Sexual Abuse: A Journal of Research and Treatment, Vol. 17, No. 2, April 2005 (
Testosterone, Sexual Offense Recidivism,
and Treatment Effect Among Adult Male
Lea H. Studer,
A. Scott Aylwin,
and John R. Reddon
The relationship between serum testosterone and sexual violence was examined
in a sample of 501 convicted adult male sex offenders attending an intensive
in-hospital group psychotherapy treatment program. It was found that men with
higher testosterone tended to have committed the most invasive sexual crimes
(p <.001, two-tailed). Further, a positive partial correlation (controlling for age)
between testosterone and sexual offense recidivism over a lengthy follow-up period
(mean = 8.9 years) was found. When the sample was separated into one group
that completed treatment and one group that did not, an important ameliorating
treatment effect was observed. Although controlling for age, serum testosterone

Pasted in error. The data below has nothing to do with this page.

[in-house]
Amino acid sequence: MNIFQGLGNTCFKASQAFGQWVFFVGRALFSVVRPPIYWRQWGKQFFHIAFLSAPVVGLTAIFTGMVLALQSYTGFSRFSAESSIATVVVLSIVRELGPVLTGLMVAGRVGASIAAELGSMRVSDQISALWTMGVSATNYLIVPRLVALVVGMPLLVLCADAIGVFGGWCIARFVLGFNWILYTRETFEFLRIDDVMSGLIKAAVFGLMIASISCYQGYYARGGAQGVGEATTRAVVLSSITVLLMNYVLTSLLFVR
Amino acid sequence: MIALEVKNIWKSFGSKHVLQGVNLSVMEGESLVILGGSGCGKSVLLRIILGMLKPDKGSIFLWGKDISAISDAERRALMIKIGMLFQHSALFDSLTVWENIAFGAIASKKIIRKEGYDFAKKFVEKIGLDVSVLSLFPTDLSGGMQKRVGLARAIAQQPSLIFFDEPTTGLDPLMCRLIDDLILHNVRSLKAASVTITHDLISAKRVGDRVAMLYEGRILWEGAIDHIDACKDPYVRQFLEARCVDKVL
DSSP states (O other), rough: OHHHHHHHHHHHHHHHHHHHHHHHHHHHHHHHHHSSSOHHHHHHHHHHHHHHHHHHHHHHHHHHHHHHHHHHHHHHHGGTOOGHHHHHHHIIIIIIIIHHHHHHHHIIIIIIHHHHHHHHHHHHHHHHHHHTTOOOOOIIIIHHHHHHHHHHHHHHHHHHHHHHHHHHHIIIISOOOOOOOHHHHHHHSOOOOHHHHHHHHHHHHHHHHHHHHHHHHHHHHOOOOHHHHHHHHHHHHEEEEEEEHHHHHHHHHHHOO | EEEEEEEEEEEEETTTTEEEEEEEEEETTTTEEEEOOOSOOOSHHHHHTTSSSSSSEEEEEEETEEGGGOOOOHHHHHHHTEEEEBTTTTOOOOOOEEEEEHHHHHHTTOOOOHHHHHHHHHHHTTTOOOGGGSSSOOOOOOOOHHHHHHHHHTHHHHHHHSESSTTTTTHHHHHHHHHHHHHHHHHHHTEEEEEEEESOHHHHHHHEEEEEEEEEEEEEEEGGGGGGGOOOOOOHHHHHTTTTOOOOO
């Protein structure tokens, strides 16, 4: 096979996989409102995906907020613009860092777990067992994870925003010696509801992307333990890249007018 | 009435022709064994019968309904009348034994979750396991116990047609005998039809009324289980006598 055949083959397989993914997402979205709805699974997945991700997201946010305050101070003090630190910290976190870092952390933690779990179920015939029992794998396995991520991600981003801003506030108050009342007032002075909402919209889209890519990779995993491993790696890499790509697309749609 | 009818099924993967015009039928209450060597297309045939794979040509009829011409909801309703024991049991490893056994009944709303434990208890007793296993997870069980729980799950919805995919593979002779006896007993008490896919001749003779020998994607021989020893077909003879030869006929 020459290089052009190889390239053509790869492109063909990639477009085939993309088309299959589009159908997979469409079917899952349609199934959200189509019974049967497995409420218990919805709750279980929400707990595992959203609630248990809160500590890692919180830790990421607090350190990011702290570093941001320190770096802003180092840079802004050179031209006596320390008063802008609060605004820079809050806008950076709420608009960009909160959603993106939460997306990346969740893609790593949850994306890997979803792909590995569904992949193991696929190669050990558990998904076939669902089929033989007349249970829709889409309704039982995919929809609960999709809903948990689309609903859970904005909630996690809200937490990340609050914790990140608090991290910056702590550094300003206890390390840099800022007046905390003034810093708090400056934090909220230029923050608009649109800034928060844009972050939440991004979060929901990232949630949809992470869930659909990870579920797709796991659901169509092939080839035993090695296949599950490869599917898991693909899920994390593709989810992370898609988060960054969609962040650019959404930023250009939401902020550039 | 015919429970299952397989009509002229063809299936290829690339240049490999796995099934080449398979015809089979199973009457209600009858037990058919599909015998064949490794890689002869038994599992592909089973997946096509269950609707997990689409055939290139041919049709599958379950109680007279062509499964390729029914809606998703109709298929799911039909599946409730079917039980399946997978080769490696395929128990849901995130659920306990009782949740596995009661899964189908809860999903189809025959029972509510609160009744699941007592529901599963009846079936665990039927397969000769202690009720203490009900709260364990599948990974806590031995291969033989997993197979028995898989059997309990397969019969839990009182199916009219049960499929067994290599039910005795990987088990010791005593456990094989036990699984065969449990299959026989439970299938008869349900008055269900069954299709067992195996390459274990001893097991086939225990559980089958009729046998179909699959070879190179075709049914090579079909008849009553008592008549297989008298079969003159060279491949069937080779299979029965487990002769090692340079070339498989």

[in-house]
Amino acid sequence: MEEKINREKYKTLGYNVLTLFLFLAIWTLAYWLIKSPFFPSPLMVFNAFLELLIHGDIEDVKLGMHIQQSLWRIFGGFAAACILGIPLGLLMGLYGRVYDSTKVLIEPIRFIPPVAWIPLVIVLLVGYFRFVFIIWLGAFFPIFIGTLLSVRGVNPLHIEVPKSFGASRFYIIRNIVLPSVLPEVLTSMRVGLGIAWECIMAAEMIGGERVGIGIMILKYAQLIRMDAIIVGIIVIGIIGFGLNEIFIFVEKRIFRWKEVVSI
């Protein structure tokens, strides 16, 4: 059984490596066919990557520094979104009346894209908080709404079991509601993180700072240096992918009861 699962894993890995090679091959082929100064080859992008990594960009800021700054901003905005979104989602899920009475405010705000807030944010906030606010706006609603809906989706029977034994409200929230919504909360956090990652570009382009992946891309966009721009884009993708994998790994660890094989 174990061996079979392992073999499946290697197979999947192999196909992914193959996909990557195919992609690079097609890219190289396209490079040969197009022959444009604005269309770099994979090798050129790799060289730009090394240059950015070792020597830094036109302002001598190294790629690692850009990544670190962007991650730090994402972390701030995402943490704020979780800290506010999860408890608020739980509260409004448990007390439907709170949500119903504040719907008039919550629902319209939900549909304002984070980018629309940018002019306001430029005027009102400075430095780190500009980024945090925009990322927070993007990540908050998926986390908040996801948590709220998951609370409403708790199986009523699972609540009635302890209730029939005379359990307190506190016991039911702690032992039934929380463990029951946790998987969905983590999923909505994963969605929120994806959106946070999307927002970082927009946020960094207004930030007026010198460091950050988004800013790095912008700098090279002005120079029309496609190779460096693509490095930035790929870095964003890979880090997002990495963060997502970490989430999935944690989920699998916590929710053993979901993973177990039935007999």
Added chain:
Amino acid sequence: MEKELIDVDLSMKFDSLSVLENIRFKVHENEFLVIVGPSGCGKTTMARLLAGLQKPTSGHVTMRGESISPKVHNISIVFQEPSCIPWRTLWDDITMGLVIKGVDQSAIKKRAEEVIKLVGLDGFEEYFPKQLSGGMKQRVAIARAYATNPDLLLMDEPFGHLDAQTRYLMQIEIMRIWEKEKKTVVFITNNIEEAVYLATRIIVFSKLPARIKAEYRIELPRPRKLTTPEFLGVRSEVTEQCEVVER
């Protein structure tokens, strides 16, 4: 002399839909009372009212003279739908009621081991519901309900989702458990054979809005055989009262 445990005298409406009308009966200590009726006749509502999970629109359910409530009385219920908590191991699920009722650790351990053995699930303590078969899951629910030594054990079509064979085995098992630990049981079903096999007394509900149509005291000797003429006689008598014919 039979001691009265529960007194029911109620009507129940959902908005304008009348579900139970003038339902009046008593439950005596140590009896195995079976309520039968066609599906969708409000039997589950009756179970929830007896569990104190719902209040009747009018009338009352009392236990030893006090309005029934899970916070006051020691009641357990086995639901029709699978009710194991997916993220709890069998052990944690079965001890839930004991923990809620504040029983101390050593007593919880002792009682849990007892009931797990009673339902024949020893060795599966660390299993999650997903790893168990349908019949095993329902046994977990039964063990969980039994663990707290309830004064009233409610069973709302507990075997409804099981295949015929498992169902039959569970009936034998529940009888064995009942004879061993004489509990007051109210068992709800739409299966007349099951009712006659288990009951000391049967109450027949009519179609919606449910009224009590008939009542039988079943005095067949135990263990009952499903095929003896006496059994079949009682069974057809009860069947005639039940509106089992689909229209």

remained signiﬁcantly predictive of sexual recidivism for the treatment noncom-
pleter group (p <.05, two-tailed). For those who completed treatment testosterone
was no longer predictive of sexual reoffense (p >.05, two-tailed). Among con-
victed sex offenders, higher serum testosterone appears to be associated with
greater likelihood of further sexual violence. Effective therapy, however, appears
able to intercede in the inﬂuence of testosterone on sexually deviant behavior.
It is suggested that serum testosterone may be an informative static risk factor
and completion of intensive treatment should be accorded signiﬁcance in future
actuarially based risk prediction instruments.
KEY WORDS: testosterone; sex offenders; recidivism; treatment effect.
Androgens are steroid hormones that mediate sexual development and sexu-
ality. The most relevant hormone in this regard is testosterone, along with its active
metabolite dihydrotestosterone (DHT). Testosterone production is initiated when
gonadotropin-releasing hormone (GnRH) is secreted from the hypothalamus. In
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2005 Springer Science+Business Media, Inc.